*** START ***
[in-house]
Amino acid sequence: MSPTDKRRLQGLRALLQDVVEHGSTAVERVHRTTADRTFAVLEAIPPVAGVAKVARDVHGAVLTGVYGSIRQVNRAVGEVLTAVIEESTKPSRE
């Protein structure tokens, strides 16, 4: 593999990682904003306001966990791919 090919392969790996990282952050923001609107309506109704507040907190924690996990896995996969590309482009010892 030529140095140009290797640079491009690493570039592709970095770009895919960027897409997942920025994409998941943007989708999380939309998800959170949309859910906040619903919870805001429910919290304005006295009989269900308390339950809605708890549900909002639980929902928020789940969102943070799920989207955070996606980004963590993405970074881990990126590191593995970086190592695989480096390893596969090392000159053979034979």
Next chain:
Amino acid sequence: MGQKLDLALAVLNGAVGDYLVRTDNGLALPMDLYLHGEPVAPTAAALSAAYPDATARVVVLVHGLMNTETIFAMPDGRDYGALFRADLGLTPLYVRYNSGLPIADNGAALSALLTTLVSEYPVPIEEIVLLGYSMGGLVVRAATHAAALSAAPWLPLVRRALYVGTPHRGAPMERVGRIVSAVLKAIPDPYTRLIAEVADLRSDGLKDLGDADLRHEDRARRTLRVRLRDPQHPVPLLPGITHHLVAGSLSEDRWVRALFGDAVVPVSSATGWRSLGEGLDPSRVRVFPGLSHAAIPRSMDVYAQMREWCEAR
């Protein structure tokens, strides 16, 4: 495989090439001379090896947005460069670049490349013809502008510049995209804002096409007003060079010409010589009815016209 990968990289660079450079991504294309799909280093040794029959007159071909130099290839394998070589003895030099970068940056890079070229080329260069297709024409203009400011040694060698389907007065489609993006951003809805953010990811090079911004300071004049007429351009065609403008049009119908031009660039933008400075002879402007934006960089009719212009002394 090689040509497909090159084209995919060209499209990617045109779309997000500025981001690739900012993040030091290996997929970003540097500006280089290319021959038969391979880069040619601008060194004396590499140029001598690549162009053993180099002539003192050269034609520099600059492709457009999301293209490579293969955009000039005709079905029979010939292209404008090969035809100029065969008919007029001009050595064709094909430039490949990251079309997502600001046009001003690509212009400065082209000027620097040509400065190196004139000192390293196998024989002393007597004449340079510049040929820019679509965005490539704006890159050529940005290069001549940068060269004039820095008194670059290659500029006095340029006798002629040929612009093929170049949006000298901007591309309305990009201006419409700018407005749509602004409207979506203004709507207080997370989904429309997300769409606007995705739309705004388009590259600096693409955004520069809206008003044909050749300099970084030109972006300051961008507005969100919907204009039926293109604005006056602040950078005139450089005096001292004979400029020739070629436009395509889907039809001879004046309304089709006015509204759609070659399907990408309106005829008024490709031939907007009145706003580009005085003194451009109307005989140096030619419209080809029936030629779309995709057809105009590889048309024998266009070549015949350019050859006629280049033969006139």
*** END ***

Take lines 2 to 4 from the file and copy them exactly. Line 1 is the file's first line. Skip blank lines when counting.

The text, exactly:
Amino acid sequence: MSPTDKRRLQGLRALLQDVVEHGSTAVERVHRTTADRTFAVLEAIPPVAGVAKVARDVHGAVLTGVYGSIRQVNRAVGEVLTAVIEESTKPSRE
């Protein structure tokens, strides 16, 4: 593999990682904003306001966990791919 090919392969790996990282952050923001609107309506109704507040907190924690996990896995996969590309482009010892 030529140095140009290797640079491009690493570039592709970095770009895919960027897409997942920025994409998941943007989708999380939309998800959170949309859910906040619903919870805001429910919290304005006295009989269900308390339950809605708890549900909002639980929902928020789940969102943070799920989207955070996606980004963590993405970074881990990126590191593995970086190592695989480096390893596969090392000159053979034979």
Next chain: